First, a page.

Panjwai and when America needs to apologize

In case you missed it, a few days ago an American soldier marched from home to home in the town of Panjwai, Afghanistan, murdering 16 civilians—nine of them children.

Wrote Taimoor Shah and Graham Bowley in the New York Times: “Residents of three villages in the Panjwai district of Kandahar Province described a terrifying string of attacks in which the soldier, who had walked more than a mile from his base, tried door after door, eventually breaking in to kill within three separate houses. The man gathered 11 bodies, including those of 4 girls younger than 6, and set fire to them, villagers said.”

Horrible. Beyond horrible.

In case you haven’t been paying much attention, we are at an interesting point in the American debate over whether a president should apologize for his nation’s actions. According to the top GOP presidential candidates, a chief executive never apologizes. Ever. Literally, Mitt Romney uttered the words, “I will never apologize for the United States of America.” Which sounds great to a room packed with screaming yahoos. But what if, in fact, a nation does something wrong. Like, say, one of its soldiers slaughters innocents? Then what?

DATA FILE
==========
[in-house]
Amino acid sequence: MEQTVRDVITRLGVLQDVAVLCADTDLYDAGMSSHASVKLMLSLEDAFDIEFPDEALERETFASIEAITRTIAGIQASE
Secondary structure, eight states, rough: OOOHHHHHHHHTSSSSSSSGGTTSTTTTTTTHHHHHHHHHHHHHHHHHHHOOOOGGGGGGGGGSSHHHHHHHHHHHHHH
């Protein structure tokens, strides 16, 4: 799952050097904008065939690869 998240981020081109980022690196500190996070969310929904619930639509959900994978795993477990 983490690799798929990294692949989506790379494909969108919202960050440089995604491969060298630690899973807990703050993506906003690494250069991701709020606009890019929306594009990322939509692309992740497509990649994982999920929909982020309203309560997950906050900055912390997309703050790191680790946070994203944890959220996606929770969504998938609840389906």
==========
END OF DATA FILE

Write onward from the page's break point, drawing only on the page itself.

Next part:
You apologize. You have to apologize. In this case, obviously, the damage is already done; and Barack Obama issuing a remorseful statement will only accomplish so much (if anything at all). But, still, you have no choice.

Furthermore, this idea that, somehow, apology=weakness is second-grade schoolyard nonsense. Apologizing … acknowledging a wrong … actually takes tremendous strength, because you’re laying yourself out there. Bare.

In this case, an apology needs to be made.


PS: One more thing. Inevitably, the Republicans will say, “Well, Afghanistan has never apologized to us for …” Which is bullshit. Why would you hold yourself to the ethical standards of Afghanistan? America should aim higher.

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